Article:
Scaling up can pose many challenges. Projects that fail to scale can be crippled by many factors. As the number of people involved in a project increases, so does the number of communication channels between them. Even if you already have good communication channels, scaling up will add to the difficulties of distributing your project’s team members. This makes communication even more difficult, especially when your new team members may be spread across many locations.
One way to define scalability is to imagine the size of a web site with ten million users, a 26TB database, and a single-core processor. Imagine that all of these requests will take 0.24 seconds to process. This would be considered “high-volume,” and the site would experience some significant scalability issues. To handle such a large volume, the software solution must be able to scale in several levels.
The first option is to scale the hardware, but this approach is only useful for monolithic applications. Scaling hardware will increase performance only when more machines are added. This method is effective in large situations, but fails as quantity increases. Rather, it requires a geo-distribution approach to increase hardware and spread the workload across new infrastructure. For larger systems, scaling up hardware will be inefficient.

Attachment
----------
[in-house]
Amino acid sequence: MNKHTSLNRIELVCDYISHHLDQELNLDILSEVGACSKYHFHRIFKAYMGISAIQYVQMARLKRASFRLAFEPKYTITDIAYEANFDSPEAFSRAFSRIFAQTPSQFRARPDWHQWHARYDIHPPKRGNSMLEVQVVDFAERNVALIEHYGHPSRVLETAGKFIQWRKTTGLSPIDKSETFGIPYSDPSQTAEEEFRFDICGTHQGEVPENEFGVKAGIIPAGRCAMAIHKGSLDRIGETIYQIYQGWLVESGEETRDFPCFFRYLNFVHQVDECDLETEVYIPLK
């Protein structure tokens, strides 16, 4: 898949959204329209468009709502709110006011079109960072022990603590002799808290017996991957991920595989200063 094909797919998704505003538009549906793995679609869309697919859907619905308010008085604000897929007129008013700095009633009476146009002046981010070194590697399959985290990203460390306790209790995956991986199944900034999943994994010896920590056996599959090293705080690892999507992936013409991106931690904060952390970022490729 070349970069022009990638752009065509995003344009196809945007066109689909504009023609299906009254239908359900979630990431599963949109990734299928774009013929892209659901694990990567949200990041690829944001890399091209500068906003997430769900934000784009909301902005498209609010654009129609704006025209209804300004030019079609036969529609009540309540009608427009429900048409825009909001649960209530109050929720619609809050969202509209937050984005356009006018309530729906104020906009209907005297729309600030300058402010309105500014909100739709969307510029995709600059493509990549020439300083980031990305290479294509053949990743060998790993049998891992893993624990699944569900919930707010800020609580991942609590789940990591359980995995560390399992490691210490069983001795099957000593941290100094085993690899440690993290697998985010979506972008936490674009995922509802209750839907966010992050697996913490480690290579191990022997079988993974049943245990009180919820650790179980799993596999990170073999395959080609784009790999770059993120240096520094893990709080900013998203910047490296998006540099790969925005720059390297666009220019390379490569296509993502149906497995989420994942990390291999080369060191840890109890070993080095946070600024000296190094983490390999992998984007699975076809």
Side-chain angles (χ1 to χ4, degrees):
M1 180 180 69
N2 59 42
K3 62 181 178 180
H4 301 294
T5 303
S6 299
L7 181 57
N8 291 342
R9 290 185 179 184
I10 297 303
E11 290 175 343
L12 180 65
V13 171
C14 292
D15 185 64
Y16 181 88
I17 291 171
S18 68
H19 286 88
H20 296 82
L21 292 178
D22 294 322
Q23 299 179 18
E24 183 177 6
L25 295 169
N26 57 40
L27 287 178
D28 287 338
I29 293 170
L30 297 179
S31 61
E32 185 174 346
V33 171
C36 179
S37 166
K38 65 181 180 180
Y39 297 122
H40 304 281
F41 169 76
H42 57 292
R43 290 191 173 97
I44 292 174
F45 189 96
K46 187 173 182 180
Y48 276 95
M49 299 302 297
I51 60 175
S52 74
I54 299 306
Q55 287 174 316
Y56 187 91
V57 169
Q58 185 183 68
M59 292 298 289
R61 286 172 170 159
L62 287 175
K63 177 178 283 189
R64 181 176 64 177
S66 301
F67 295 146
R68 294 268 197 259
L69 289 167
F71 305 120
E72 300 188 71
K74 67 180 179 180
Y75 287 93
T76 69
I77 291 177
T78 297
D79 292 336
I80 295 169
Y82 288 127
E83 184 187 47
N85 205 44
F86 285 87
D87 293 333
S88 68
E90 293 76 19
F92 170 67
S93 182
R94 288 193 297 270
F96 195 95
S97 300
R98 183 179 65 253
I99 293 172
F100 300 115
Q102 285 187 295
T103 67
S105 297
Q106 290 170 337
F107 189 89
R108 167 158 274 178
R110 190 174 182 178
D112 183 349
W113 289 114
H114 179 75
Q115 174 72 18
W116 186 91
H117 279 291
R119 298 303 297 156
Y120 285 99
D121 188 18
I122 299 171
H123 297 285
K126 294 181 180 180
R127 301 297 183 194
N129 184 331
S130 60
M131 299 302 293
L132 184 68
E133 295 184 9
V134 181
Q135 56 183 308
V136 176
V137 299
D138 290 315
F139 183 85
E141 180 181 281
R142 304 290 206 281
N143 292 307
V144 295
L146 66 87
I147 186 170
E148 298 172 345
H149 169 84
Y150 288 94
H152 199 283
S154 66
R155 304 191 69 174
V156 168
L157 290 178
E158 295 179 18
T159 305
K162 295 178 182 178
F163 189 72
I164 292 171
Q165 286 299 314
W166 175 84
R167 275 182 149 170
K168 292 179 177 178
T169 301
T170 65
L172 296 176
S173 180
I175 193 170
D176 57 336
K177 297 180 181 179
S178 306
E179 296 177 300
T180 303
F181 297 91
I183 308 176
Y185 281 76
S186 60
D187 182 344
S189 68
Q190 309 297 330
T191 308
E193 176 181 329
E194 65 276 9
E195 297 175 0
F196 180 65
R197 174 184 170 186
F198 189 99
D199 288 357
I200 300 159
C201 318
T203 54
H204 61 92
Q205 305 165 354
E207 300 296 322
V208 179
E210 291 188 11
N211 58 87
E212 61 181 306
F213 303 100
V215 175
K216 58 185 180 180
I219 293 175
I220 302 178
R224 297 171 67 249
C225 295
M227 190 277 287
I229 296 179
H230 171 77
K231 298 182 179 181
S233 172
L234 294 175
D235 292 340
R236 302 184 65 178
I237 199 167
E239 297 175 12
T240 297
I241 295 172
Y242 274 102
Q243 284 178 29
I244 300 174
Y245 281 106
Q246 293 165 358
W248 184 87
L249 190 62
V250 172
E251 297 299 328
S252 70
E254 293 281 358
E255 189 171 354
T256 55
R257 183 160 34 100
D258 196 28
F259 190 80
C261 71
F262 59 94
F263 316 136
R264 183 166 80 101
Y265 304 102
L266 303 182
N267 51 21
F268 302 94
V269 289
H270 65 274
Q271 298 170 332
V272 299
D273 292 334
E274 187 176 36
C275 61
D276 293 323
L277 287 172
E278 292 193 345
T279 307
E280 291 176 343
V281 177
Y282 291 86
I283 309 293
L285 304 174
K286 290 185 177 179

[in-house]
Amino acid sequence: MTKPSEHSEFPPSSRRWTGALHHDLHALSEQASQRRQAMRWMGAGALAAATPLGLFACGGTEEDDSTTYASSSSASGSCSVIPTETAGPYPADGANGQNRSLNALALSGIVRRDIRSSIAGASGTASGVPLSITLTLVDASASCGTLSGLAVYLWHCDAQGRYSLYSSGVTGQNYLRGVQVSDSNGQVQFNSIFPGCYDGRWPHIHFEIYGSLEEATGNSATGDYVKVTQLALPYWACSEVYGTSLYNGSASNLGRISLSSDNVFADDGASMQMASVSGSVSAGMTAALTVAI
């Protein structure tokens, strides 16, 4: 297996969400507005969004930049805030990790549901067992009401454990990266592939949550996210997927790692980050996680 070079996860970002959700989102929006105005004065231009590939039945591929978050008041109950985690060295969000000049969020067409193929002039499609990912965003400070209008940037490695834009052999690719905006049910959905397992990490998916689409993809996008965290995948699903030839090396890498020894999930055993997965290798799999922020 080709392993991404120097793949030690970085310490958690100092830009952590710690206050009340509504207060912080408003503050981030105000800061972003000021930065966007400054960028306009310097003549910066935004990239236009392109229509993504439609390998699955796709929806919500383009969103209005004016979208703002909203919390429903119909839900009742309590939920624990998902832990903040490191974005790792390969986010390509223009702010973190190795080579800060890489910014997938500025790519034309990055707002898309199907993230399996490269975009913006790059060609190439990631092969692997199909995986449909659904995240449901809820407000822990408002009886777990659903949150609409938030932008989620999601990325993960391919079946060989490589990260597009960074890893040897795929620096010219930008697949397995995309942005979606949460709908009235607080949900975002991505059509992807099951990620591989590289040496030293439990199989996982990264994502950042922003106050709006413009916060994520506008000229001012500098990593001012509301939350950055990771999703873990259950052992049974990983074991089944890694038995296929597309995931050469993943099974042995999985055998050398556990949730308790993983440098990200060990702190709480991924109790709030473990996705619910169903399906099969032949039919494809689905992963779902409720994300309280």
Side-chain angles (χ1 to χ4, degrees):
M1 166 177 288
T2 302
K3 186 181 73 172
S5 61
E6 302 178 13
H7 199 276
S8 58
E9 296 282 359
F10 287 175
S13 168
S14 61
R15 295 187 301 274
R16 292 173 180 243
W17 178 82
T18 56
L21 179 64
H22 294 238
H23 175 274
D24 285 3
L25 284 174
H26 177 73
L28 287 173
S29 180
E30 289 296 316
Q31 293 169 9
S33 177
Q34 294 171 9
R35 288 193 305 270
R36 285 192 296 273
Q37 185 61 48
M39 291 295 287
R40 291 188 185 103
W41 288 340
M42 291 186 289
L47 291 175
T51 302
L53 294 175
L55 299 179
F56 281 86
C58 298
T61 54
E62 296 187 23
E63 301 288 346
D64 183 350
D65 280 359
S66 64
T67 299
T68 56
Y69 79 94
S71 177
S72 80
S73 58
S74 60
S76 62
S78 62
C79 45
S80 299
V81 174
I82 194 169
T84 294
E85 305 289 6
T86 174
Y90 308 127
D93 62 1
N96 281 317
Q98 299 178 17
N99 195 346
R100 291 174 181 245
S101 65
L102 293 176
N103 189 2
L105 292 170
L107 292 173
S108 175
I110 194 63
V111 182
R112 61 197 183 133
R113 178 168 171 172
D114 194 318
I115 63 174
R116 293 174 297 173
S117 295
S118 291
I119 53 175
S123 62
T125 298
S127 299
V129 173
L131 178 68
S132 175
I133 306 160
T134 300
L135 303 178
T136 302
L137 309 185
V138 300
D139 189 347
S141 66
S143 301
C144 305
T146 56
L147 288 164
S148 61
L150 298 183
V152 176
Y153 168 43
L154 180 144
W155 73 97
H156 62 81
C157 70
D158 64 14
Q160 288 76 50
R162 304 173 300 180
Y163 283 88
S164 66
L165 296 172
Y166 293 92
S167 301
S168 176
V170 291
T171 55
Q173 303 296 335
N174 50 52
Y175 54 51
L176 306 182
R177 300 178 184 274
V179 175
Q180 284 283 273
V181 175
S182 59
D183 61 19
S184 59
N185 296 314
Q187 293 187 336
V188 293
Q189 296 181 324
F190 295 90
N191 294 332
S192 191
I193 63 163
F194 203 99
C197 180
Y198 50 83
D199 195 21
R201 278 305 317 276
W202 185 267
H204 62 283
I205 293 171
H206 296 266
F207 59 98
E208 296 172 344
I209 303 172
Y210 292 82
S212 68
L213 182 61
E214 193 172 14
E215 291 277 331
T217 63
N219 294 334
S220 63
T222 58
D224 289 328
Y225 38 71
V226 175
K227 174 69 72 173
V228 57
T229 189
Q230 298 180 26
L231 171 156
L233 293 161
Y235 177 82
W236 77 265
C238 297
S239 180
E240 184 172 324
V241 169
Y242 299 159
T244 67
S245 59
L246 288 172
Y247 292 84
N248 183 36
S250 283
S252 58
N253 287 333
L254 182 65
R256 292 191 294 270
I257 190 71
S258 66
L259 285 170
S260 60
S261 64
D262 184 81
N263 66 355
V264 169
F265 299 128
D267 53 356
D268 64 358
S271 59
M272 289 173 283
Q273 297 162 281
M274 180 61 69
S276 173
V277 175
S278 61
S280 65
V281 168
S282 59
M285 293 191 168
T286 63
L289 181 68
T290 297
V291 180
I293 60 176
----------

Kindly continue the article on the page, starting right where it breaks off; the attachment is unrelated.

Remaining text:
Another strategy to scale software teams is to set up specialized teams. Instead of hiring engineers or designers, form teams around a specific product or functionality. They will focus on that platform. This will help them focus on one aspect of their work, which will speed up the development process. If you have long-term projects and a well-balanced team, the dedicated team model is the way to go.
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